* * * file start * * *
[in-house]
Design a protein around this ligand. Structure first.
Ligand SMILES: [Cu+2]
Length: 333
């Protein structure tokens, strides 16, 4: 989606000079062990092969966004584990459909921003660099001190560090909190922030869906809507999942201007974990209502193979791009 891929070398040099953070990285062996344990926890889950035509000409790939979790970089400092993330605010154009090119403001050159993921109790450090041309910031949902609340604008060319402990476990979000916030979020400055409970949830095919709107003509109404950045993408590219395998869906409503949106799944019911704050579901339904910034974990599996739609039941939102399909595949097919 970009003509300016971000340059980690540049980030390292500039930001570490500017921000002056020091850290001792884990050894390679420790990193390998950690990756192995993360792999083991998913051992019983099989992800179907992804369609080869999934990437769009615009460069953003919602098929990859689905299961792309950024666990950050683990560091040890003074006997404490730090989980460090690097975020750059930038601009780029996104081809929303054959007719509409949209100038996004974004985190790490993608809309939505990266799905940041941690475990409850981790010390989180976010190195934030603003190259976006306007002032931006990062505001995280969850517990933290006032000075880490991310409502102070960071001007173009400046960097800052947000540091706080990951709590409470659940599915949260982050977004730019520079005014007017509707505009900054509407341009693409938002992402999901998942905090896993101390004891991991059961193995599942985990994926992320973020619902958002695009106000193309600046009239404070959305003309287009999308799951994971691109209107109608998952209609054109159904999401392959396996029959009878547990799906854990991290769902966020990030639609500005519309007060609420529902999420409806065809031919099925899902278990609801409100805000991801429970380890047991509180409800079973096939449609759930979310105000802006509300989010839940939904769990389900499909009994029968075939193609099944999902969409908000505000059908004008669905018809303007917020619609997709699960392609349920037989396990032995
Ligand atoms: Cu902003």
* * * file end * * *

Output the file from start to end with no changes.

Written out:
[in-house]
Design a protein around this ligand. Structure first.
Ligand SMILES: [Cu+2]
Length: 333
């Protein structure tokens, strides 16, 4: 989606000079062990092969966004584990459909921003660099001190560090909190922030869906809507999942201007974990209502193979791009 891929070398040099953070990285062996344990926890889950035509000409790939979790970089400092993330605010154009090119403001050159993921109790450090041309910031949902609340604008060319402990476990979000916030979020400055409970949830095919709107003509109404950045993408590219395998869906409503949106799944019911704050579901339904910034974990599996739609039941939102399909595949097919 970009003509300016971000340059980690540049980030390292500039930001570490500017921000002056020091850290001792884990050894390679420790990193390998950690990756192995993360792999083991998913051992019983099989992800179907992804369609080869999934990437769009615009460069953003919602098929990859689905299961792309950024666990950050683990560091040890003074006997404490730090989980460090690097975020750059930038601009780029996104081809929303054959007719509409949209100038996004974004985190790490993608809309939505990266799905940041941690475990409850981790010390989180976010190195934030603003190259976006306007002032931006990062505001995280969850517990933290006032000075880490991310409502102070960071001007173009400046960097800052947000540091706080990951709590409470659940599915949260982050977004730019520079005014007017509707505009900054509407341009693409938002992402999901998942905090896993101390004891991991059961193995599942985990994926992320973020619902958002695009106000193309600046009239404070959305003309287009999308799951994971691109209107109608998952209609054109159904999401392959396996029959009878547990799906854990991290769902966020990030639609500005519309007060609420529902999420409806065809031919099925899902278990609801409100805000991801429970380890047991509180409800079973096939449609759930979310105000802006509300989010839940939904769990389900499909009994029968075939193609099944999902969409908000505000059908004008669905018809303007917020619609997709699960392609349920037989396990032995
Ligand atoms: Cu902003």